Despite what you might have heard, a presentation without PowerPoint is much better for you and for your audience.
Forget all the books trying to convince you that a good presentation is all about slide design.
A good presentation is all about the presenter and how they talk to their audience.
Here are 5 do’s and 1 don’t to help you do an awesome presentation without PowerPoint.
Do plan so you can remember what to say
Most people are used to using their PowerPoint slides as a replacement for cue cards. Presenting this way gives comfort to the presenter, but provides a terrible experience for the audience.
To deliver a presentation with PowerPoint, planning is key.
The first step is to have a full understanding of your subject matter. If you know your subject matter well then you will be in a much better position to deliver your presentation.
Once you have a good understanding of your subject, the next step is outline your talk in a way which is easy for you to remember. The key to making your talk easy to remember is to limit the talking points to three or less.
Here’s an example of the talking points of a presentation about a company dress code:
- The context for the new dress code
- Problems with the old dress code
- The advantages of the new dress code
Now that you have three talking points, and you know your subject matter well, it’s much easier to deliver your presentation without PowerPoint.
Do frame your talk for your audience
With or without slides, your presentation will not be well received unless it is framed for the audience.
What do I mean by “framed for the audience”?
You need to explain to the audience what’s in it for them. You need to tell the audience why your talk is relevant to them and why they need to pay attention.
The consequences of not framing for the audience are your presentation becomes just another boring lecture; where the audience think about their work, what to make for dinner, or what they will do on the weekend.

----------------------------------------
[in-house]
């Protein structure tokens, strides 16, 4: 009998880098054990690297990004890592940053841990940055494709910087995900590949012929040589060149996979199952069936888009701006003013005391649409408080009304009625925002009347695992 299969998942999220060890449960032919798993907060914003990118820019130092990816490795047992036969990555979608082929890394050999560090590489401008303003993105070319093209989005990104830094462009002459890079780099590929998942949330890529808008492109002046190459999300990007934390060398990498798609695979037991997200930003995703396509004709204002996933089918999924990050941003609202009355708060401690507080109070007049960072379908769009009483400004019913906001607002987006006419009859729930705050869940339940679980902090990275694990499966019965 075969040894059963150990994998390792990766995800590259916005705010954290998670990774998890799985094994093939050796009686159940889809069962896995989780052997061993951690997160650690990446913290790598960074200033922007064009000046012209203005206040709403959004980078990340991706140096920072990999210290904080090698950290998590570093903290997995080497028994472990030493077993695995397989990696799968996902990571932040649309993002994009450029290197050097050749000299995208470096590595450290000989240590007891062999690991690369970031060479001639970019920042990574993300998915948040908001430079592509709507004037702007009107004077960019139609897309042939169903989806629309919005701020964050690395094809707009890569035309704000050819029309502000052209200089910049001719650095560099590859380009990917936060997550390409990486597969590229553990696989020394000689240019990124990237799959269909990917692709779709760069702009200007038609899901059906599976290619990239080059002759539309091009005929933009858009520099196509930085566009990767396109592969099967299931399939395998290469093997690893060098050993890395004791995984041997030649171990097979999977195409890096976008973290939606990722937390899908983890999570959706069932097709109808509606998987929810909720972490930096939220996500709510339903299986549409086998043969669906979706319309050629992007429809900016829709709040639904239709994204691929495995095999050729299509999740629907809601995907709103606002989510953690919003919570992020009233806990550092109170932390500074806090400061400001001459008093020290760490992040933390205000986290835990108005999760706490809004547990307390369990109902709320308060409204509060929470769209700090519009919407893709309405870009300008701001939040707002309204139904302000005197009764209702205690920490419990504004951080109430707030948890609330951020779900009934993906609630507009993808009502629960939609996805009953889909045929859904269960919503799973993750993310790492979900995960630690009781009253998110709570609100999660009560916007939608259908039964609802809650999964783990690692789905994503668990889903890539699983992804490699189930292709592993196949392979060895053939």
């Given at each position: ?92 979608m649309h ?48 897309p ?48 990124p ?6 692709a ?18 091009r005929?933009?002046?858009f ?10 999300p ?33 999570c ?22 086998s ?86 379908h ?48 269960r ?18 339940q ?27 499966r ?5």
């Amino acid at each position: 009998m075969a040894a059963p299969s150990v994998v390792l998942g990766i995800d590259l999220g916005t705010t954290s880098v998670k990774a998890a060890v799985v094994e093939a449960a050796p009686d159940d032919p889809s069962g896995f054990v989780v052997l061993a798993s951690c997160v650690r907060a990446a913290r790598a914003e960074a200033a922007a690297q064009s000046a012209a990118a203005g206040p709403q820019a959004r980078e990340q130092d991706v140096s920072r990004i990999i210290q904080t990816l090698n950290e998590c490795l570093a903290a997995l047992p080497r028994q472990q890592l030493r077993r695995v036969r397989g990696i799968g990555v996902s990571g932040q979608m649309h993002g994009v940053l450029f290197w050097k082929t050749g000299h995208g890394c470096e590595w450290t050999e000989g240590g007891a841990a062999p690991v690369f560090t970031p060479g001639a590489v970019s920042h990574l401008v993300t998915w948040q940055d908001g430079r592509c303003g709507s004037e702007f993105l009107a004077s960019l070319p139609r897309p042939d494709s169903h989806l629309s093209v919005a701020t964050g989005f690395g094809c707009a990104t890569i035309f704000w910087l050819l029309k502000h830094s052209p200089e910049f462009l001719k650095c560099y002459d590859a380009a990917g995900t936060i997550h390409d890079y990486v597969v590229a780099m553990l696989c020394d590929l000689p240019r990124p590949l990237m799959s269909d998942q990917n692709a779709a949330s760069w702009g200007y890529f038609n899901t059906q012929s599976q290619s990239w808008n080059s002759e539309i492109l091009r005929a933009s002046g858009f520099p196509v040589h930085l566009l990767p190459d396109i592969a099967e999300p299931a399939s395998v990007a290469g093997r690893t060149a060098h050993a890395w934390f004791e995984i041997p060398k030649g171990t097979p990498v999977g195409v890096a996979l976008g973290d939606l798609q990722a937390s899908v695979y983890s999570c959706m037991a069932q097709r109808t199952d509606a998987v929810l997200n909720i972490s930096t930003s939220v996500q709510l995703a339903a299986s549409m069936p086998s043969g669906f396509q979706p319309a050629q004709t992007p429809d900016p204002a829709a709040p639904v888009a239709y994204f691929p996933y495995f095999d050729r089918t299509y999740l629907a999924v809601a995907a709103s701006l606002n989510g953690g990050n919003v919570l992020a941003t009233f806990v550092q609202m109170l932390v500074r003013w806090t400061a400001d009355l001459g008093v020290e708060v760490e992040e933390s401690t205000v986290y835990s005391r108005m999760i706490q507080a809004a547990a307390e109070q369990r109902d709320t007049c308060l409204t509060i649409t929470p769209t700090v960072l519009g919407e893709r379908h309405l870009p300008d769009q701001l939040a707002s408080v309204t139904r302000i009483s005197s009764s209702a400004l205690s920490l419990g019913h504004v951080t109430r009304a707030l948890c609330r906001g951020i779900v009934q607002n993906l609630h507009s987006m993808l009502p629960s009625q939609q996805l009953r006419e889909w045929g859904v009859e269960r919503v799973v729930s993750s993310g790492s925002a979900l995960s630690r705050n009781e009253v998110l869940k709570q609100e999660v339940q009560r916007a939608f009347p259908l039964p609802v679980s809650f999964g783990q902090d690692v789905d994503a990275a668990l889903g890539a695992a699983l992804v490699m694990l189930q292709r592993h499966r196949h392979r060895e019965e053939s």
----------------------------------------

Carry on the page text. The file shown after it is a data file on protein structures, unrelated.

Here’s an example of how to frame a presentation about a change to the company dress code:
“Today I’d like to discuss how we’re going to make your working day easier for you.”
This opening gets attention because it is audience-focused and it stimulates the audience’s curiosity.
Do interact with your audience
In a social discussion a sure-fire way to turn off your friends is for you to do all the talking.
The same is true in a presentation.
You are more likely to engage your audience if you talk to them and ask them questions. This switches your presentation from a lecture format to a discussion format.
Do make use of a whiteboard or flip-chart
When you take away PowerPoint it can be feel daunting standing on stage with all eyes on you.
While this is the best way to keep your audience engaged, it can be helpful to have strategies to calm your nerves.
One of those strategies is to make use of a whiteboard or flip-chart.
Starting with a blank page. Write notes or draw diagrams as you talk to illustrate the point you are trying to get across.
This is more engaging for an audience than a projected slide because it is more dynamic. Additionally, it can help to calm your nerves because you have something to do other than simply look out to your audience.
Do encourage questions as you go
You have two options with questions in your presentation:
- Take questions as you go along
- Ask the audience to save questions until the end
When you do your presentation without PowerPoint it is helpful to take questions as you go along.
It promotes a discussion format versus a lecture format, which helps you to relax on stage.
An additional benefit is that, if you are presenting a topic which proves controversial, potentially negative questions are balanced throughout your talk; rather than bunched up at the end where they are more likely to leave a bad impression.
Don’t memorize a script
The biggest mistake you can make is to try and memorize a script.
Given time constraints a memorized script will sound robotic. It also locks you in to a delivery format that is harder to adjust if the audience’s needs change.
Focus on a dynamic delivery, supported by strong knowledge of your subject matter and you’ll maintain an engaged audience ready to take action after your presentation.